Hollywood "rite of passage" pictures often use skeletal plots with a last-second moral or two thrown in to justify yet another teen-focused story depicting more peephole-level sex and bodily functions than personal growth or enlightenment. Butterfly (La Lengua de las Mariposas) is a welcome exception. Beginning as a quiet and lighthearted account of youth, it progressively turns more somber, serving both as a coming of age story and a history lesson. It’s a seductive film where almost nothing is as simple and sunny as it first seems. It progresses from small scenes that teach about insects to larger ones concerning lost innocence and lost love. Eventually it poses a weighty question: how brave could we be – how true are our beliefs? Its message is buffered, but never sugarcoated, and by its conclusion we’ve been made part of a young boy’s world and grown with him.
The film takes place in 1936 Spain, during that brief period between the formation of the Republic and the Civil War. Two factions are in conflict, as the old guard of the King, the military and the church is struggling to regain control from a newly-elected leftist democracy. It’s a time of temporary and uneasy tranquility – Hitler and his Stukas are still several months away – but already the unsteady rumblings of discord are apparent.
Moncho (Manuel Lozano) is a seven-year-old living in Galicia, able to read, but afraid of going to school because he’s heard that boys are sometimes beaten there. At his first day of class, he’s called to the front of the room to be introduced. He’s so frightened that he wets his pants, runs home and hides. His teacher Don Grigorio (Fernando Fernan Gomez, The Grandfather) later comes to Moncho’s home and persuades the boy to return the next day; he sees Moncho as "a sparrow out of the nest for the first time," a creature to be nurtured. He introduces Moncho to many things, particularly the world of nature (insects in particular) and Robert Louis Stevenson’s Treasure Island.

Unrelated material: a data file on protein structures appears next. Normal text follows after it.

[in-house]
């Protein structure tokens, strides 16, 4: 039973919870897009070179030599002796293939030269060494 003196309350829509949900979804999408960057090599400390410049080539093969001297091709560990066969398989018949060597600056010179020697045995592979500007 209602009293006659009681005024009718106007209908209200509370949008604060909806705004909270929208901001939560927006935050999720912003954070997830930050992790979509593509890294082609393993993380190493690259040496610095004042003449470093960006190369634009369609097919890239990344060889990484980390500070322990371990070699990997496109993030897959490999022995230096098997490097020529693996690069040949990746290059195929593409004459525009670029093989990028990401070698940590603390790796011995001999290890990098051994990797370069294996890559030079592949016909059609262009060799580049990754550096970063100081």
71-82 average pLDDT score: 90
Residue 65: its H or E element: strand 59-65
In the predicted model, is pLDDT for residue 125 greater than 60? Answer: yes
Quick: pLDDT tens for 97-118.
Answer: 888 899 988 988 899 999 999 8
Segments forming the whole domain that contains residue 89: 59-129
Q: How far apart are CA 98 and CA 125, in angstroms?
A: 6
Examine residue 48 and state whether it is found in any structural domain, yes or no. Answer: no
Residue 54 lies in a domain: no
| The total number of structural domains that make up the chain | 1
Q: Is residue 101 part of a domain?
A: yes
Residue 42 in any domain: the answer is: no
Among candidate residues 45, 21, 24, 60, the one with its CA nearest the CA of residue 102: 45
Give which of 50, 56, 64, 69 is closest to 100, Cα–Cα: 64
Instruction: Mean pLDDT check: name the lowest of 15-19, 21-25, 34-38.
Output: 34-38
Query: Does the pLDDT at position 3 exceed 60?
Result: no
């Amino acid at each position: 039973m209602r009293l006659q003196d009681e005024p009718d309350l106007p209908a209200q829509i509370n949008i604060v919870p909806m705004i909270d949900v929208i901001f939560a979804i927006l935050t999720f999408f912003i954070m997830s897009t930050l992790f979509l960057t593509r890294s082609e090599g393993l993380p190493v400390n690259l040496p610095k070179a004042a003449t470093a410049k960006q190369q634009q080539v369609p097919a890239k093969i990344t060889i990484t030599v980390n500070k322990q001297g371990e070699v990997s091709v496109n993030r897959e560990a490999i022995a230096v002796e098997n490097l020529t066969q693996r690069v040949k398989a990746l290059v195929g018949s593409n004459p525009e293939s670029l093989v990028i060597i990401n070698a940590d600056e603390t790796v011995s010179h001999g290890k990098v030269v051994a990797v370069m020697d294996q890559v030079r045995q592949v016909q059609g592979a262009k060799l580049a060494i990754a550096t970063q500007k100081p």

Moncho’s teenage brother is learning to play the saxophone – and about sex, love and longing. His father is a tailor and a Democratic Socialist. Seen from Moncho’s viewpoint, there’s a world of new experience: field trips with Don Grigorio where beautiful butterflies flit through the tall grasses, his brother becoming a man as he begins to respond to women. His father struggles with his leftist political leanings, too timid to openly profess them, in part, at least, because his wife has no desire to be seen as a rebel. Over time, the film’s focus gradually shifts from Moncho to politics, until the denouement in which the family’s commitment to their beliefs is tested.
Director Jose Luis Cuerda and cinematographer Javier G. Salmones offer Galicia as a golden-hued world filled with imagery – a multi-colored butterfly’s wing, the rough-hewn casing of the window that Moncho peers through to see a village couple making love.Viewing things through Moncho’s eyes both saves the film from sentimentality and restores a fresh sense of the wonder of a youngster seeing things for the first time.
Fernando Fernan Gomez has won three Goya Awards as Spain’s best actor of the year, and here shows why he’s a national treasure; his performance exudes wisdom and humanity without posturing, breathing life into a humble teacher with no concern for greatness beyond that which his students attain. As Moncho, Manuel Lozano is unaffected and natural, charming without being cloying.
The film ends on a single word that revises our perception of everything that has gone before. From the cocoon of a tender exposition of innocence, Butterfly emerges into the more harrowing territory of adult realities. It’s a powerful portrait of both a boy and a society coming to terms with change.
– Bob Aulert